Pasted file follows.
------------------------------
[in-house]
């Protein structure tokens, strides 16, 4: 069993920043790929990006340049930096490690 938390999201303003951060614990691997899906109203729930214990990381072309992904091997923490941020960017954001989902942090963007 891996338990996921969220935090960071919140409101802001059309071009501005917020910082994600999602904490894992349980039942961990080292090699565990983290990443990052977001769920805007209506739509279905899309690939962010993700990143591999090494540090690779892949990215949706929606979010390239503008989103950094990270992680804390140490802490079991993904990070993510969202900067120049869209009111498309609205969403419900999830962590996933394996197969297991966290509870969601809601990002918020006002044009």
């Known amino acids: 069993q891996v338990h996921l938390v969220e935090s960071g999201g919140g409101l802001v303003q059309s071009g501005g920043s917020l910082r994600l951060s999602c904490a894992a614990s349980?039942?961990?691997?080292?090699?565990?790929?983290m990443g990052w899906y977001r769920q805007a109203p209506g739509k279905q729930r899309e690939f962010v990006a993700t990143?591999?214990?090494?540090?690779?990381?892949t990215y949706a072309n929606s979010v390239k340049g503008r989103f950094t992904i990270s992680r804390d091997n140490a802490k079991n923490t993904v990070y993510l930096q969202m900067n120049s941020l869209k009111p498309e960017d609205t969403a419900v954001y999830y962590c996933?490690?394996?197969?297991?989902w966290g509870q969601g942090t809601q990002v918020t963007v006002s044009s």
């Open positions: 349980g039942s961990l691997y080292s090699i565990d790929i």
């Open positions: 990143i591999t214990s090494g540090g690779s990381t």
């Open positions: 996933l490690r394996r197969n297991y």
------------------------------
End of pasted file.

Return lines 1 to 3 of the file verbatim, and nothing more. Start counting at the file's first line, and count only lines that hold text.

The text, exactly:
[in-house]
């Protein structure tokens, strides 16, 4: 069993920043790929990006340049930096490690 938390999201303003951060614990691997899906109203729930214990990381072309992904091997923490941020960017954001989902942090963007 891996338990996921969220935090960071919140409101802001059309071009501005917020910082994600999602904490894992349980039942961990080292090699565990983290990443990052977001769920805007209506739509279905899309690939962010993700990143591999090494540090690779892949990215949706929606979010390239503008989103950094990270992680804390140490802490079991993904990070993510969202900067120049869209009111498309609205969403419900999830962590996933394996197969297991966290509870969601809601990002918020006002044009």
């Known amino acids: 069993q891996v338990h996921l938390v969220e935090s960071g999201g919140g409101l802001v303003q059309s071009g501005g920043s917020l910082r994600l951060s999602c904490a894992a614990s349980?039942?961990?691997?080292?090699?565990?790929?983290m990443g990052w899906y977001r769920q805007a109203p209506g739509k279905q729930r899309e690939f962010v990006a993700t990143?591999?214990?090494?540090?690779?990381?892949t990215y949706a072309n929606s979010v390239k340049g503008r989103f950094t992904i990270s992680r804390d091997n140490a802490k079991n923490t993904v990070y993510l930096q969202m900067n120049s941020l869209k009111p498309e960017d609205t969403a419900v954001y999830y962590c996933?490690?394996?197969?297991?989902w966290g509870q969601g942090t809601q990002v918020t963007v006002s044009s």